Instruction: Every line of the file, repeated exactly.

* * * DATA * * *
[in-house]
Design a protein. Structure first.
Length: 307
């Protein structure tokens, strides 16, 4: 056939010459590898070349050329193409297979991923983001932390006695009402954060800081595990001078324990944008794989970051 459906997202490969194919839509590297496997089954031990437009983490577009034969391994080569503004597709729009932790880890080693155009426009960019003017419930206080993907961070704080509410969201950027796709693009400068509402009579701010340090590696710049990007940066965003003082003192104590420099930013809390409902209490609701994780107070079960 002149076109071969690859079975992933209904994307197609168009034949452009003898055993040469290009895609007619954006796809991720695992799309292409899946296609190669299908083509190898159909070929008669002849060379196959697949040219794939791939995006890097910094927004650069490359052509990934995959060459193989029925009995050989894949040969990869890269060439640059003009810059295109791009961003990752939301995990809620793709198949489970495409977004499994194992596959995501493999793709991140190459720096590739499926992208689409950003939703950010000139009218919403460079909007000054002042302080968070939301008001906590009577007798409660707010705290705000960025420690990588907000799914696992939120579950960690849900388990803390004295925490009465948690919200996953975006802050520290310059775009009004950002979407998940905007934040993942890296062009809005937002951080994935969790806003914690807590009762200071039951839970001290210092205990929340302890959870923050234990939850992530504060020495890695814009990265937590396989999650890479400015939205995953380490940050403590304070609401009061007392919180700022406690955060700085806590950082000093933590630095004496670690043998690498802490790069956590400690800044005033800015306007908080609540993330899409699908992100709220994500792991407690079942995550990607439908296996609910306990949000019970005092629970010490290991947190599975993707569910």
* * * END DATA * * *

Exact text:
[in-house]
Design a protein. Structure first.
Length: 307
């Protein structure tokens, strides 16, 4: 056939010459590898070349050329193409297979991923983001932390006695009402954060800081595990001078324990944008794989970051 459906997202490969194919839509590297496997089954031990437009983490577009034969391994080569503004597709729009932790880890080693155009426009960019003017419930206080993907961070704080509410969201950027796709693009400068509402009579701010340090590696710049990007940066965003003082003192104590420099930013809390409902209490609701994780107070079960 002149076109071969690859079975992933209904994307197609168009034949452009003898055993040469290009895609007619954006796809991720695992799309292409899946296609190669299908083509190898159909070929008669002849060379196959697949040219794939791939995006890097910094927004650069490359052509990934995959060459193989029925009995050989894949040969990869890269060439640059003009810059295109791009961003990752939301995990809620793709198949489970495409977004499994194992596959995501493999793709991140190459720096590739499926992208689409950003939703950010000139009218919403460079909007000054002042302080968070939301008001906590009577007798409660707010705290705000960025420690990588907000799914696992939120579950960690849900388990803390004295925490009465948690919200996953975006802050520290310059775009009004950002979407998940905007934040993942890296062009809005937002951080994935969790806003914690807590009762200071039951839970001290210092205990929340302890959870923050234990939850992530504060020495890695814009990265937590396989999650890479400015939205995953380490940050403590304070609401009061007392919180700022406690955060700085806590950082000093933590630095004496670690043998690498802490790069956590400690800044005033800015306007908080609540993330899409699908992100709220994500792991407690079942995550990607439908296996609910306990949000019970005092629970010490290991947190599975993707569910």